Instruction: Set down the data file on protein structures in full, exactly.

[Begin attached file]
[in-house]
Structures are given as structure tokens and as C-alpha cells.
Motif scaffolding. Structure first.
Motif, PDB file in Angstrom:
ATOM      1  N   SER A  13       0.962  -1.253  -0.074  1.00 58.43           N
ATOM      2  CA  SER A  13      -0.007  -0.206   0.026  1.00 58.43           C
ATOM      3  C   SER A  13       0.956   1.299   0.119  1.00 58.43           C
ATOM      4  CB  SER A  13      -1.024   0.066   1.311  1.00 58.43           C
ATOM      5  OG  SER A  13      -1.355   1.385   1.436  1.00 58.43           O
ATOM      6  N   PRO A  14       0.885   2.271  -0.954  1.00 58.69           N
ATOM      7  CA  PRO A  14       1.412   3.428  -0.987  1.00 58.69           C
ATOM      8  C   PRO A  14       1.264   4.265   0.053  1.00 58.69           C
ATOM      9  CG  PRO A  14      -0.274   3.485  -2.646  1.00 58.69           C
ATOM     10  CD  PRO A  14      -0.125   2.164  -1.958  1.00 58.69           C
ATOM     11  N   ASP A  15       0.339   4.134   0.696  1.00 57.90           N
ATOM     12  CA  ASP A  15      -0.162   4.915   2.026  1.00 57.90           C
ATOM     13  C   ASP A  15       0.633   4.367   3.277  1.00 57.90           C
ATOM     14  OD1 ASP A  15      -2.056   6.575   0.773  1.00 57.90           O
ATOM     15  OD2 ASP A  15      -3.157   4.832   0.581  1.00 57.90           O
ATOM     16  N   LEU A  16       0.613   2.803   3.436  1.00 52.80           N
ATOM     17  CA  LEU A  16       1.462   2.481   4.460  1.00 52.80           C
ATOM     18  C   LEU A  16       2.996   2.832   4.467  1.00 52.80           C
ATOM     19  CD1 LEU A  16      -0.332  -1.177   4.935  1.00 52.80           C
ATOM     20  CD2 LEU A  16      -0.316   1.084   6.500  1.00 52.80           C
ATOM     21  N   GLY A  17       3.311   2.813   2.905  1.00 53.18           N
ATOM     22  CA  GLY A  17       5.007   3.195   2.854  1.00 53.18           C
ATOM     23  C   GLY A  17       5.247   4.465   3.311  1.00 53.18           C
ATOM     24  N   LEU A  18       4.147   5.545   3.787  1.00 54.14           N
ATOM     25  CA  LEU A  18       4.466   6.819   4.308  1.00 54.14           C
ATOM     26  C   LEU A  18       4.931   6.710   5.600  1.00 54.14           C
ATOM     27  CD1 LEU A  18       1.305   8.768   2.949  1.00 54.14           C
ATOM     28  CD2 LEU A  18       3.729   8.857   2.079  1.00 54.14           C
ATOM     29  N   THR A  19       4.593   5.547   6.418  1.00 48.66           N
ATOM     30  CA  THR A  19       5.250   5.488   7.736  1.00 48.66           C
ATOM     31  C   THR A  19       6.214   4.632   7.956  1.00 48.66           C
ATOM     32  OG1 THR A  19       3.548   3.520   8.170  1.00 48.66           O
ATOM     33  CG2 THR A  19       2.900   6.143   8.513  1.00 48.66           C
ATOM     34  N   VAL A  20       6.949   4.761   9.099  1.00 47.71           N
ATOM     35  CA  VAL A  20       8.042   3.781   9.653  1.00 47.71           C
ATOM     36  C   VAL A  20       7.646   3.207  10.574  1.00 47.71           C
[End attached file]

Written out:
[in-house]
Structures are given as structure tokens and as C-alpha cells.
Motif scaffolding. Structure first.
Motif, PDB file in Angstrom:
ATOM      1  N   SER A  13       0.962  -1.253  -0.074  1.00 58.43           N
ATOM      2  CA  SER A  13      -0.007  -0.206   0.026  1.00 58.43           C
ATOM      3  C   SER A  13       0.956   1.299   0.119  1.00 58.43           C
ATOM      4  CB  SER A  13      -1.024   0.066   1.311  1.00 58.43           C
ATOM      5  OG  SER A  13      -1.355   1.385   1.436  1.00 58.43           O
ATOM      6  N   PRO A  14       0.885   2.271  -0.954  1.00 58.69           N
ATOM      7  CA  PRO A  14       1.412   3.428  -0.987  1.00 58.69           C
ATOM      8  C   PRO A  14       1.264   4.265   0.053  1.00 58.69           C
ATOM      9  CG  PRO A  14      -0.274   3.485  -2.646  1.00 58.69           C
ATOM     10  CD  PRO A  14      -0.125   2.164  -1.958  1.00 58.69           C
ATOM     11  N   ASP A  15       0.339   4.134   0.696  1.00 57.90           N
ATOM     12  CA  ASP A  15      -0.162   4.915   2.026  1.00 57.90           C
ATOM     13  C   ASP A  15       0.633   4.367   3.277  1.00 57.90           C
ATOM     14  OD1 ASP A  15      -2.056   6.575   0.773  1.00 57.90           O
ATOM     15  OD2 ASP A  15      -3.157   4.832   0.581  1.00 57.90           O
ATOM     16  N   LEU A  16       0.613   2.803   3.436  1.00 52.80           N
ATOM     17  CA  LEU A  16       1.462   2.481   4.460  1.00 52.80           C
ATOM     18  C   LEU A  16       2.996   2.832   4.467  1.00 52.80           C
ATOM     19  CD1 LEU A  16      -0.332  -1.177   4.935  1.00 52.80           C
ATOM     20  CD2 LEU A  16      -0.316   1.084   6.500  1.00 52.80           C
ATOM     21  N   GLY A  17       3.311   2.813   2.905  1.00 53.18           N
ATOM     22  CA  GLY A  17       5.007   3.195   2.854  1.00 53.18           C
ATOM     23  C   GLY A  17       5.247   4.465   3.311  1.00 53.18           C
ATOM     24  N   LEU A  18       4.147   5.545   3.787  1.00 54.14           N
ATOM     25  CA  LEU A  18       4.466   6.819   4.308  1.00 54.14           C
ATOM     26  C   LEU A  18       4.931   6.710   5.600  1.00 54.14           C
ATOM     27  CD1 LEU A  18       1.305   8.768   2.949  1.00 54.14           C
ATOM     28  CD2 LEU A  18       3.729   8.857   2.079  1.00 54.14           C
ATOM     29  N   THR A  19       4.593   5.547   6.418  1.00 48.66           N
ATOM     30  CA  THR A  19       5.250   5.488   7.736  1.00 48.66           C
ATOM     31  C   THR A  19       6.214   4.632   7.956  1.00 48.66           C
ATOM     32  OG1 THR A  19       3.548   3.520   8.170  1.00 48.66           O
ATOM     33  CG2 THR A  19       2.900   6.143   8.513  1.00 48.66           C
ATOM     34  N   VAL A  20       6.949   4.761   9.099  1.00 47.71           N
ATOM     35  CA  VAL A  20       8.042   3.781   9.653  1.00 47.71           C
ATOM     36  C   VAL A  20       7.646   3.207  10.574  1.00 47.71           C